Canada: How a Well-Executed Form F8 Financial Statement Can Help Your Family Law Case in British Columbia
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A solid financial statement of Form F8 is one of the most important documents in your British Columbia family law case. A properly completed financial statement can greatly improve the status of your case and help move your legal case forward to a speedy resolution.
A poorly prepared financial statement can not only undermine the goals of your case, it can even be seen as dishonest. However, creating a strong financial state can seem like an overwhelming undertaking, especially during the emotional process of separation or divorce.
The assistance of an experienced family law attorney or legal professional can not only facilitate the process, but also ensure that you end up with an accurate financial statement and providing the best possible support for your case.
What is an F8 form financial statement and what is it used for?
In the context of family law in British Columbia, a financial statement is an affidavit that provides an overview of a party’s financial situation showing their income, expenses, assets and debts. It is required by both the Provincial Court and the Supreme Court of British Columbia.
In most cases, a financial statement is a required document in the court process, however, even if you choose to resolve your family matter outside of court through alternative dispute resolution (ADR) methods such as mediation or arbitration is still a valuable tool. to achieve a fair settlement.
Breakdown of the financial statement
The best way to approach a financial statement is to break it down and focus on one section at a time. The main elements of the financial statement relate to the income, expenses, assets and debts of a party.
In most cases, Provincial Court and Supreme Court financial statements require the following:
- Your T1 personal income tax returns for the last 3 tax years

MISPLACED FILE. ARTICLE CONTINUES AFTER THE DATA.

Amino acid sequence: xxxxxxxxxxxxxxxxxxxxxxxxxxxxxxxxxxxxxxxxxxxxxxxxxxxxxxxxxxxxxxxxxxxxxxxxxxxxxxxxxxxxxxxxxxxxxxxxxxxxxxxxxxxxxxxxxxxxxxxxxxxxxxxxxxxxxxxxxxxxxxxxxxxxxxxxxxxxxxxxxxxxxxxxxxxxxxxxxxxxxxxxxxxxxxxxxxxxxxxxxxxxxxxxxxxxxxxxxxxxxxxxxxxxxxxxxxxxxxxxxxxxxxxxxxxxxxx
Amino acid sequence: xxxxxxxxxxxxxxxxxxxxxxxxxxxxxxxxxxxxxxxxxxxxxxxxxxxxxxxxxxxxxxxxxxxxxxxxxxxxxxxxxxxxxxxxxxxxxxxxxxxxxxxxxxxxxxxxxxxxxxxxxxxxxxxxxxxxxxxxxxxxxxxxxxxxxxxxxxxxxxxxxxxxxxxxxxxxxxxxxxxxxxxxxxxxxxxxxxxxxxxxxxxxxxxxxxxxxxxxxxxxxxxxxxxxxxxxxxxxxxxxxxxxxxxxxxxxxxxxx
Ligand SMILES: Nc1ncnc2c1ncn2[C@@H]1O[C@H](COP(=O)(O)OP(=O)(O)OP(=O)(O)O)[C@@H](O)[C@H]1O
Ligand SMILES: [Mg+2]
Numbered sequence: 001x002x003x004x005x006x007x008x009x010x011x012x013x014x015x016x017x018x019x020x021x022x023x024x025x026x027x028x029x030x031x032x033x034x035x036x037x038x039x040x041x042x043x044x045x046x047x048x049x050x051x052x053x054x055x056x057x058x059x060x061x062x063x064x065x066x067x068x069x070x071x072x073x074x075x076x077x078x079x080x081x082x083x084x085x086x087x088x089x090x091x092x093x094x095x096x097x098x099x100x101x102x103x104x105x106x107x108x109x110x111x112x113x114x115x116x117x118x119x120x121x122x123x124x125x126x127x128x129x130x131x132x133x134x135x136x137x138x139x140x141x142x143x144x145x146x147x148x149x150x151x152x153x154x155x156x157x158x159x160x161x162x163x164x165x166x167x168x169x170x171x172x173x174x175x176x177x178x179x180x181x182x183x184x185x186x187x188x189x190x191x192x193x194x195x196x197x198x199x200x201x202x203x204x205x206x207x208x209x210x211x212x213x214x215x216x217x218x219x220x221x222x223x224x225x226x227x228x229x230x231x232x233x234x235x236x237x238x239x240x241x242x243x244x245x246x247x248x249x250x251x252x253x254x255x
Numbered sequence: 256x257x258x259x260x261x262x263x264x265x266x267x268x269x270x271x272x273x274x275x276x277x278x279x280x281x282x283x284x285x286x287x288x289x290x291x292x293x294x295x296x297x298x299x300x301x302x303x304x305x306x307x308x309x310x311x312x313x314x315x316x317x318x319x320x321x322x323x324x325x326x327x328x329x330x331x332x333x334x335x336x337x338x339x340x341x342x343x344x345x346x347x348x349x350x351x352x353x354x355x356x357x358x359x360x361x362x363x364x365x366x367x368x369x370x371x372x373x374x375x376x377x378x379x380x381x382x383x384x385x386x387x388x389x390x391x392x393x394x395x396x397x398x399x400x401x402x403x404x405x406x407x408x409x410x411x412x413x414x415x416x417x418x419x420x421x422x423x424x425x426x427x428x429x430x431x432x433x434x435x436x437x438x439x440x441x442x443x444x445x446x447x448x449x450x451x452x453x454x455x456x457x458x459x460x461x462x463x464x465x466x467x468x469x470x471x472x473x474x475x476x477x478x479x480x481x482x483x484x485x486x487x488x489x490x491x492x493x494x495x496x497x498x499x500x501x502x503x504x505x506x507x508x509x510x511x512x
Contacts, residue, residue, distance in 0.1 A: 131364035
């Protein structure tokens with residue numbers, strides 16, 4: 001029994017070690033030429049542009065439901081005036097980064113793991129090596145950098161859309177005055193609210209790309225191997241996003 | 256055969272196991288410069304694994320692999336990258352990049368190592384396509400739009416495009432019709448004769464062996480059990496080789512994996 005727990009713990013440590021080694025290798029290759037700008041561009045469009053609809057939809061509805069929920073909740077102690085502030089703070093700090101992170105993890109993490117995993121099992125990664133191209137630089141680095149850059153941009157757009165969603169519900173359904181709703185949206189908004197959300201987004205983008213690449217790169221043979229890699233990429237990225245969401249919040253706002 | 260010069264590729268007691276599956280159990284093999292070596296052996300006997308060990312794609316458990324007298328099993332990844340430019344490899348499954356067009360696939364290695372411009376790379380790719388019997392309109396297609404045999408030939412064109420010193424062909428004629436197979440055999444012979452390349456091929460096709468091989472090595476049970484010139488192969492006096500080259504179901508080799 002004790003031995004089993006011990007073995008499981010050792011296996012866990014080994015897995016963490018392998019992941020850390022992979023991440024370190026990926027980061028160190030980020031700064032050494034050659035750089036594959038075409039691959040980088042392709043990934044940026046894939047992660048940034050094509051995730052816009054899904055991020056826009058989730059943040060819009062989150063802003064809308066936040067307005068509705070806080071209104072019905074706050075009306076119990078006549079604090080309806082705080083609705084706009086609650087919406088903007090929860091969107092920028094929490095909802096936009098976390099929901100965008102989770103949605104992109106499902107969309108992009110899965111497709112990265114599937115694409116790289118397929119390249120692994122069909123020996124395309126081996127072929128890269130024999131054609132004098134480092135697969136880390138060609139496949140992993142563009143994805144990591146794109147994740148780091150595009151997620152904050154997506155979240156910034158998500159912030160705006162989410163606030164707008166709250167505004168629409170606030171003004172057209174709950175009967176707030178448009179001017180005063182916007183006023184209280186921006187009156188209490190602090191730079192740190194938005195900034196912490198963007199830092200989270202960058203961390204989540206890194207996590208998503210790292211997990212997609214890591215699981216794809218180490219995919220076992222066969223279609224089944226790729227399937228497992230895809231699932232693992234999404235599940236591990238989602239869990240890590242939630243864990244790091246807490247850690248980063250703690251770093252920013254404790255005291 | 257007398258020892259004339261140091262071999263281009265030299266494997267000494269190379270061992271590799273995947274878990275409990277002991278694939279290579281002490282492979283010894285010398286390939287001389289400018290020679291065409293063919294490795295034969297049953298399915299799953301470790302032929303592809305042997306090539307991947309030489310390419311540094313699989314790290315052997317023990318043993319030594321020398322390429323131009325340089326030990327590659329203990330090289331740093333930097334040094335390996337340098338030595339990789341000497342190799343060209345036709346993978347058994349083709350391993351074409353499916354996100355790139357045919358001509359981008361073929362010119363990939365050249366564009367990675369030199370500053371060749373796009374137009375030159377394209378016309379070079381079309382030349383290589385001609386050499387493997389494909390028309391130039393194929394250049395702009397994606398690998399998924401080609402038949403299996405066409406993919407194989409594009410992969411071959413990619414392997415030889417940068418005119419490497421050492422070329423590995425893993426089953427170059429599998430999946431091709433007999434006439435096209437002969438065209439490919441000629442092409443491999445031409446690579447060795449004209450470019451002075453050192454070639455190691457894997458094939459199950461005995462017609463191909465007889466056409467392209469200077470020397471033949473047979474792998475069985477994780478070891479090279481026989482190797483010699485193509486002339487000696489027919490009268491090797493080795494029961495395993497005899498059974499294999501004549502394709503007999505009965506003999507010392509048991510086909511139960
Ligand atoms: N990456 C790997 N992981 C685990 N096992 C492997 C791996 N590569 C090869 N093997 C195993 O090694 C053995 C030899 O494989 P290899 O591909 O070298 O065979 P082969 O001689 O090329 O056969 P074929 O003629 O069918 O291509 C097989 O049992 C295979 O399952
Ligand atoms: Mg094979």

- Your notices of assessment for the last three tax years
- If you are an employee, your three most recent pay stubs
If you are a business owner, you may need additional documents such as your tax returns and financial statements.
Customers often find listing their expenses the most difficult part of completing a financial statement. At the best of times, it’s difficult to keep track of your spending habits, and that stress is naturally exacerbated when you go through a separation or divorce.
You will need to report your monthly or annual housing, childcare and personal expenses. If you don’t know how much you’re spending in each category, start by looking at your monthly bank or credit card statements.
Assets and debts
You will be asked to list your assets and debts, along with their current values. A good approach is to review your property assessment notices, bank statements, investment accounts, and other documents.
Here are some common assets and debts that should be listed.
- Bank and investment accounts
- RRSPs and pensions
- Credit card
- Credit lines
The pitfalls of a poorly constructed financial statement
- It can damage your credibility. First of all, a financial statement is an affidavit under oath. This means that you have to be truthful and precise when filling it out. A poorly constructed financial statement could undermine your credibility down the road.
- This can increase your legal costs. An inaccurate or poorly written financial statement can lead to problems later. It’s better to prepare a complete, accurate, and honest financial statement up front, rather than having to go back and explain the discrepancies, identify missing information, or in some cases redo everything.
- This can jeopardize your settlement. Full, honest and accurate financial disclosure is essential in family law. If you fail to disclose significant income or assets, a court may find any agreement between you and your ex-partner to be very unfair and set it aside.
Final tips for completing a financial statement
- Take it one step at a time. Filling out a financial statement doesn’t have to be stressful. Take it step by step, and if you need advice or help, contact a legal professional. Paralegals and paralegals work under the supervision of the lawyer and are trained to help with these types of tasks.
- Don’t forget the story. The financial statement is an affidavit, which means you can include narrative elements to provide context. This is useful if your expenses are particularly high or low, or if you think your situation is likely to change significantly in the near future.
- Think critically. Once you’ve finished a draft, take a look at it and ask yourself if it makes sense. Do your expenses far exceed your income? If so, is there an explanation for how the deficit is covered? If the financial statement doesn’t make sense, you might be forgetting something.
The content of this article is intended to provide a general guide on the subject. Specialist advice should be sought regarding your particular situation.
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